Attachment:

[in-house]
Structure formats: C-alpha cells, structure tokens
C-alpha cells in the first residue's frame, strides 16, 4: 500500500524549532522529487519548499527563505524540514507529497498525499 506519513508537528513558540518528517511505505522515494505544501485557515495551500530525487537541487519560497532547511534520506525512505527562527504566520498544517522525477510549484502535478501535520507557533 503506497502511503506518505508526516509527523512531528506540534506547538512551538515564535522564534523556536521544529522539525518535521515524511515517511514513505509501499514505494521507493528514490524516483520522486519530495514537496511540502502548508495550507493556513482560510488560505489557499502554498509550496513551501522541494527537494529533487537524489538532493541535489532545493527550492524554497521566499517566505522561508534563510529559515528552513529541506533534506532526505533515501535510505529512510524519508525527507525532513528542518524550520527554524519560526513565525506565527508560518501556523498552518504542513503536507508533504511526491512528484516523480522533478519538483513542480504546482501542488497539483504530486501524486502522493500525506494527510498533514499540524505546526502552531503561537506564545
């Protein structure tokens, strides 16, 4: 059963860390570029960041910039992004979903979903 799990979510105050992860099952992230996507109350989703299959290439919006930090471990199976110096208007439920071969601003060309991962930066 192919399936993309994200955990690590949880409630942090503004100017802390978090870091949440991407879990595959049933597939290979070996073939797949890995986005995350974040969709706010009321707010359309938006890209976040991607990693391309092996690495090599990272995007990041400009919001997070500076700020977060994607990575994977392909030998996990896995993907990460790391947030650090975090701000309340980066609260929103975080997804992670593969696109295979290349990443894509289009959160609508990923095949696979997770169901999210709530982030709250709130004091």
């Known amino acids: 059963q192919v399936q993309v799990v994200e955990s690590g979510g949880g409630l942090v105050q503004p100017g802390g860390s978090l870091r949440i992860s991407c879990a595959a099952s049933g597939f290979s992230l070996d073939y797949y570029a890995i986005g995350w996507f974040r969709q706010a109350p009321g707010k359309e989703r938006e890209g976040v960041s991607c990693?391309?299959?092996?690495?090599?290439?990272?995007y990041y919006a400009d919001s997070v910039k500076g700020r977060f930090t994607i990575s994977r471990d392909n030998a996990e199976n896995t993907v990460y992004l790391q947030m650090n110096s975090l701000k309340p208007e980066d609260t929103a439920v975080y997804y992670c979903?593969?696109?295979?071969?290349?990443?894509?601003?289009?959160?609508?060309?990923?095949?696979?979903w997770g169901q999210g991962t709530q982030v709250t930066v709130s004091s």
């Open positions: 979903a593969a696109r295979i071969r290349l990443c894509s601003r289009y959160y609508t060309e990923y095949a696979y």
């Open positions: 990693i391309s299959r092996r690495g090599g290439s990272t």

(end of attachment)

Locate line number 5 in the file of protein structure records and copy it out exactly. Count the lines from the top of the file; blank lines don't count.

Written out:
């Known amino acids: 059963q192919v399936q993309v799990v994200e955990s690590g979510g949880g409630l942090v105050q503004p100017g802390g860390s978090l870091r949440i992860s991407c879990a595959a099952s049933g597939f290979s992230l070996d073939y797949y570029a890995i986005g995350w996507f974040r969709q706010a109350p009321g707010k359309e989703r938006e890209g976040v960041s991607c990693?391309?299959?092996?690495?090599?290439?990272?995007y990041y919006a400009d919001s997070v910039k500076g700020r977060f930090t994607i990575s994977r471990d392909n030998a996990e199976n896995t993907v990460y992004l790391q947030m650090n110096s975090l701000k309340p208007e980066d609260t929103a439920v975080y997804y992670c979903?593969?696109?295979?071969?290349?990443?894509?601003?289009?959160?609508?060309?990923?095949?696979?979903w997770g169901q999210g991962t709530q982030v709250t930066v709130s004091s």